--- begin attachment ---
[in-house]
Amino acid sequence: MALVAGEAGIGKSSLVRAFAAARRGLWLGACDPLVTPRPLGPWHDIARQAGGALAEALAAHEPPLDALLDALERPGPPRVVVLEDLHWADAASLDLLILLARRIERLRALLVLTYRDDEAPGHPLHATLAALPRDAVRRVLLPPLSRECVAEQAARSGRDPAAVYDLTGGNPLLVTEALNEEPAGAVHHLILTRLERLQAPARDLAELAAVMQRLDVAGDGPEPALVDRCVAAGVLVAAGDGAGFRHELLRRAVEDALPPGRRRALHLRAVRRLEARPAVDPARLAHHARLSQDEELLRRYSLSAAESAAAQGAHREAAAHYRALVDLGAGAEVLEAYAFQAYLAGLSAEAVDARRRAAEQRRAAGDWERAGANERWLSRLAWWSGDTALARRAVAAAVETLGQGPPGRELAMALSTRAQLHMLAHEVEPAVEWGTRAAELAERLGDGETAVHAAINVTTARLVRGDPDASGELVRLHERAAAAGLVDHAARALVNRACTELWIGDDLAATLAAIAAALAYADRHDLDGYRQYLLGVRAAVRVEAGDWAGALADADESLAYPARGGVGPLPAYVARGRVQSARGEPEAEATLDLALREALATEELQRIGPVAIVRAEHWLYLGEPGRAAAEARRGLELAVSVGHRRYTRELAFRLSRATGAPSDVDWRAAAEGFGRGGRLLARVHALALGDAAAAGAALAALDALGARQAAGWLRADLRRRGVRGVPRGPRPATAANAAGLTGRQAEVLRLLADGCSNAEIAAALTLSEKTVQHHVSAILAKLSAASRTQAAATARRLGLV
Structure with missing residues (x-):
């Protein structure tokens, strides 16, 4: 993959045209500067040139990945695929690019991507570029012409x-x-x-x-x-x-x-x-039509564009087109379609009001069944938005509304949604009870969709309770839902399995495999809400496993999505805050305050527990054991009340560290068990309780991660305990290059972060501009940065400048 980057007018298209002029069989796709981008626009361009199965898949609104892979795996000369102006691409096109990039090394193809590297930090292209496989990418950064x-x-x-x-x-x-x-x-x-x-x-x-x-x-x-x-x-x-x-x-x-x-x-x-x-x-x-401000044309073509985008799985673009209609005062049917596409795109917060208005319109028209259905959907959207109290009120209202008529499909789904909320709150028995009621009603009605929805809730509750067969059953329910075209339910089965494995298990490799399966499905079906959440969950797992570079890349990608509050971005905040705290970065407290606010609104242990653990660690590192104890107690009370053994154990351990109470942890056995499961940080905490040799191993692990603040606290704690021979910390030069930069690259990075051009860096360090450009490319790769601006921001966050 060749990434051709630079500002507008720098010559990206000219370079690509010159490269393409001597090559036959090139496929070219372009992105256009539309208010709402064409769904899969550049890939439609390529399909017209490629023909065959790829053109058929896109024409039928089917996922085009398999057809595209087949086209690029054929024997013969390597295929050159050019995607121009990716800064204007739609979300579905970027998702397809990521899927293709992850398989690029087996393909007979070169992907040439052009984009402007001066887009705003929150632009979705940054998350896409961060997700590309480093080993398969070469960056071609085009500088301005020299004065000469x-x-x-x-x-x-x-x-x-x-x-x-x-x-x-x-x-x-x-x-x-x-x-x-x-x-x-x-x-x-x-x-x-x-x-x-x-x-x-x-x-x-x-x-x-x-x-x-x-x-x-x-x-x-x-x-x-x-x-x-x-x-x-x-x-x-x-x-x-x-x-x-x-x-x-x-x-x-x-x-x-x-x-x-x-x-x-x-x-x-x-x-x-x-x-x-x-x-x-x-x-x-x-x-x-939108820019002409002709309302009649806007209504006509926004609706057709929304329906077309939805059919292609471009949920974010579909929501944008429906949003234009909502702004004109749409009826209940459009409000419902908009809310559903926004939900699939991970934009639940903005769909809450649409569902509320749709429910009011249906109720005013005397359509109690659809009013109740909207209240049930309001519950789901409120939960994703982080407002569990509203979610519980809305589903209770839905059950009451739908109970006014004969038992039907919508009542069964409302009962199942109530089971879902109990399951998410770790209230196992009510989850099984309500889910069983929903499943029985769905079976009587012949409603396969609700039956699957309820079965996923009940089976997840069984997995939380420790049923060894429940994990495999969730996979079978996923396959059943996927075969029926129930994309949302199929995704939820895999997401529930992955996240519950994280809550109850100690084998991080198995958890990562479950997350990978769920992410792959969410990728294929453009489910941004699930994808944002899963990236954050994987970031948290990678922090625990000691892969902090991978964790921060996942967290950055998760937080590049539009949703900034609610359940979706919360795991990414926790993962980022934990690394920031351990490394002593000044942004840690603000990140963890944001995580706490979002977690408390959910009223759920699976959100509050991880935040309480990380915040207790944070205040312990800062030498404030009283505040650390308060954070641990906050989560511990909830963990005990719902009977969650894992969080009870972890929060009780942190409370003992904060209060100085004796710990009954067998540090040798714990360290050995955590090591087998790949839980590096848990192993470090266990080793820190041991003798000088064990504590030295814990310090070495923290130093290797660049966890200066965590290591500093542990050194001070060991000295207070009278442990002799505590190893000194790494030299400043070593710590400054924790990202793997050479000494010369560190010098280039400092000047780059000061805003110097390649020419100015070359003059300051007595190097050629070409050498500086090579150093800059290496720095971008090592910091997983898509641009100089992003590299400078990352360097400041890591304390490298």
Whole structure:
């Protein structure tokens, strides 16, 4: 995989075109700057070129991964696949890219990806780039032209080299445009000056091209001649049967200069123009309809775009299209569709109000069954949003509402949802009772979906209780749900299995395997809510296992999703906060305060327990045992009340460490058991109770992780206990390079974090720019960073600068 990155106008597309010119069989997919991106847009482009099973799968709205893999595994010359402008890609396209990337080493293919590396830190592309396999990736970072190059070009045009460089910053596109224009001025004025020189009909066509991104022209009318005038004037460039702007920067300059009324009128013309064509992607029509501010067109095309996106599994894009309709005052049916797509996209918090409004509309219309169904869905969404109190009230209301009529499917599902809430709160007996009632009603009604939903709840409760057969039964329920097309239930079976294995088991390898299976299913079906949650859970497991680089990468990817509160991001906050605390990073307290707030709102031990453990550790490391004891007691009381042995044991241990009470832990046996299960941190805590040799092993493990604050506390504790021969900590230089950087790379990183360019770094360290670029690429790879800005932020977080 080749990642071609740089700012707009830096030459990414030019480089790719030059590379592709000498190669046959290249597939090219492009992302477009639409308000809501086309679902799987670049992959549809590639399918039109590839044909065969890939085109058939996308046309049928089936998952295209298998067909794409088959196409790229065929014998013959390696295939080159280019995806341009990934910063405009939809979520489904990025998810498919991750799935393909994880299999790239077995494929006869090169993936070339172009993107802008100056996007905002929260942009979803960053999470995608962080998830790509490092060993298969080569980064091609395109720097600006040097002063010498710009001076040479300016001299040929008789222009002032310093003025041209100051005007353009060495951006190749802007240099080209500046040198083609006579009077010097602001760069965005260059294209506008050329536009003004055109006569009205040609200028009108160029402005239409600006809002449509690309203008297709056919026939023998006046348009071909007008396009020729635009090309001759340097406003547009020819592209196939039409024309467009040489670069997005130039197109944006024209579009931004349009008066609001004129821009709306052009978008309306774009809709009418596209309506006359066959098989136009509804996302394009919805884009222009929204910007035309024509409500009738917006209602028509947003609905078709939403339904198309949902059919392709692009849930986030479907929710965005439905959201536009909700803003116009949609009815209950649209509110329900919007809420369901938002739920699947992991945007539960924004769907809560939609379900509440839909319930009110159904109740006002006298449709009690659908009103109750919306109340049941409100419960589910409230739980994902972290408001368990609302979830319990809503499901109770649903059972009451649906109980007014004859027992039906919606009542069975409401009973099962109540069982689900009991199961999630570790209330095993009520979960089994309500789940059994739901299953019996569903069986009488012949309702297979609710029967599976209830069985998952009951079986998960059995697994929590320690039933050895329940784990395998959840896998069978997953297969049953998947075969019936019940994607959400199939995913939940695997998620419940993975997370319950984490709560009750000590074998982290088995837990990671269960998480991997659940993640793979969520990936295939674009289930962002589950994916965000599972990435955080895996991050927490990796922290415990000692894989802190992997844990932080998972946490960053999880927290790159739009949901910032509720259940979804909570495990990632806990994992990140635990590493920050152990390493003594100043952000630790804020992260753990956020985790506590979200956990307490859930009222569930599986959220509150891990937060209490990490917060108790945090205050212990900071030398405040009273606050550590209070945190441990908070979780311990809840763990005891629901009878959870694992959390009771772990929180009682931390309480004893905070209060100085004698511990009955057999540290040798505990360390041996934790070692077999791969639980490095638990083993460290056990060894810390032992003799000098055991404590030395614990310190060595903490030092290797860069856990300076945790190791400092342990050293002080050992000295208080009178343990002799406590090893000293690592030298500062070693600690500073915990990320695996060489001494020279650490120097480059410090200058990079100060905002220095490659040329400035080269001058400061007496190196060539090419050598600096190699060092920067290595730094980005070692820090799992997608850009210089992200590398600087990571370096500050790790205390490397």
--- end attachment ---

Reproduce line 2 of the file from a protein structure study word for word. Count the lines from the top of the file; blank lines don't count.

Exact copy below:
Amino acid sequence: MALVAGEAGIGKSSLVRAFAAARRGLWLGACDPLVTPRPLGPWHDIARQAGGALAEALAAHEPPLDALLDALERPGPPRVVVLEDLHWADAASLDLLILLARRIERLRALLVLTYRDDEAPGHPLHATLAALPRDAVRRVLLPPLSRECVAEQAARSGRDPAAVYDLTGGNPLLVTEALNEEPAGAVHHLILTRLERLQAPARDLAELAAVMQRLDVAGDGPEPALVDRCVAAGVLVAAGDGAGFRHELLRRAVEDALPPGRRRALHLRAVRRLEARPAVDPARLAHHARLSQDEELLRRYSLSAAESAAAQGAHREAAAHYRALVDLGAGAEVLEAYAFQAYLAGLSAEAVDARRRAAEQRRAAGDWERAGANERWLSRLAWWSGDTALARRAVAAAVETLGQGPPGRELAMALSTRAQLHMLAHEVEPAVEWGTRAAELAERLGDGETAVHAAINVTTARLVRGDPDASGELVRLHERAAAAGLVDHAARALVNRACTELWIGDDLAATLAAIAAALAYADRHDLDGYRQYLLGVRAAVRVEAGDWAGALADADESLAYPARGGVGPLPAYVARGRVQSARGEPEAEATLDLALREALATEELQRIGPVAIVRAEHWLYLGEPGRAAAEARRGLELAVSVGHRRYTRELAFRLSRATGAPSDVDWRAAAEGFGRGGRLLARVHALALGDAAAAGAALAALDALGARQAAGWLRADLRRRGVRGVPRGPRPATAANAAGLTGRQAEVLRLLADGCSNAEIAAALTLSEKTVQHHVSAILAKLSAASRTQAAATARRLGLV